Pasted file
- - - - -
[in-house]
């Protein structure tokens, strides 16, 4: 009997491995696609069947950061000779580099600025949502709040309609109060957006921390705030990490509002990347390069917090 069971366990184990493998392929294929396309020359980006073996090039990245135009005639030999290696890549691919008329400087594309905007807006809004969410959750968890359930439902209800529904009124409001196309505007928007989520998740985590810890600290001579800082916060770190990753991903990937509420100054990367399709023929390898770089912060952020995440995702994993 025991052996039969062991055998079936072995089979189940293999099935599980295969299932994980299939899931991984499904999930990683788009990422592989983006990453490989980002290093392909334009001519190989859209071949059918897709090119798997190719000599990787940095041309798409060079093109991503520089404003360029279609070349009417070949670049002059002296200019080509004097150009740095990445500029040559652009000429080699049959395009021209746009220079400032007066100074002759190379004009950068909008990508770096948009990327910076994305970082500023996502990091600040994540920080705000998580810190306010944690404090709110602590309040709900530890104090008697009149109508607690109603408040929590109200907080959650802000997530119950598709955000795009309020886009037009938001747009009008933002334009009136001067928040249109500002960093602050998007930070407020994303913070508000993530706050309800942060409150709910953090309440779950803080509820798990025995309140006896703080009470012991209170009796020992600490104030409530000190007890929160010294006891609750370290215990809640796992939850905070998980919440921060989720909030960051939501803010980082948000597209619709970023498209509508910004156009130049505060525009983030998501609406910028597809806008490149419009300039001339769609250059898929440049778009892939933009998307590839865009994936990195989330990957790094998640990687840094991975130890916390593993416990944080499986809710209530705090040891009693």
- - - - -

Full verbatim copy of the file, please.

[in-house]
């Protein structure tokens, strides 16, 4: 009997491995696609069947950061000779580099600025949502709040309609109060957006921390705030990490509002990347390069917090 069971366990184990493998392929294929396309020359980006073996090039990245135009005639030999290696890549691919008329400087594309905007807006809004969410959750968890359930439902209800529904009124409001196309505007928007989520998740985590810890600290001579800082916060770190990753991903990937509420100054990367399709023929390898770089912060952020995440995702994993 025991052996039969062991055998079936072995089979189940293999099935599980295969299932994980299939899931991984499904999930990683788009990422592989983006990453490989980002290093392909334009001519190989859209071949059918897709090119798997190719000599990787940095041309798409060079093109991503520089404003360029279609070349009417070949670049002059002296200019080509004097150009740095990445500029040559652009000429080699049959395009021209746009220079400032007066100074002759190379004009950068909008990508770096948009990327910076994305970082500023996502990091600040994540920080705000998580810190306010944690404090709110602590309040709900530890104090008697009149109508607690109603408040929590109200907080959650802000997530119950598709955000795009309020886009037009938001747009009008933002334009009136001067928040249109500002960093602050998007930070407020994303913070508000993530706050309800942060409150709910953090309440779950803080509820798990025995309140006896703080009470012991209170009796020992600490104030409530000190007890929160010294006891609750370290215990809640796992939850905070998980919440921060989720909030960051939501803010980082948000597209619709970023498209509508910004156009130049505060525009983030998501609406910028597809806008490149419009300039001339769609250059898929440049778009892939933009998307590839865009994936990195989330990957790094998640990687840094991975130890916390593993416990944080499986809710209530705090040891009693």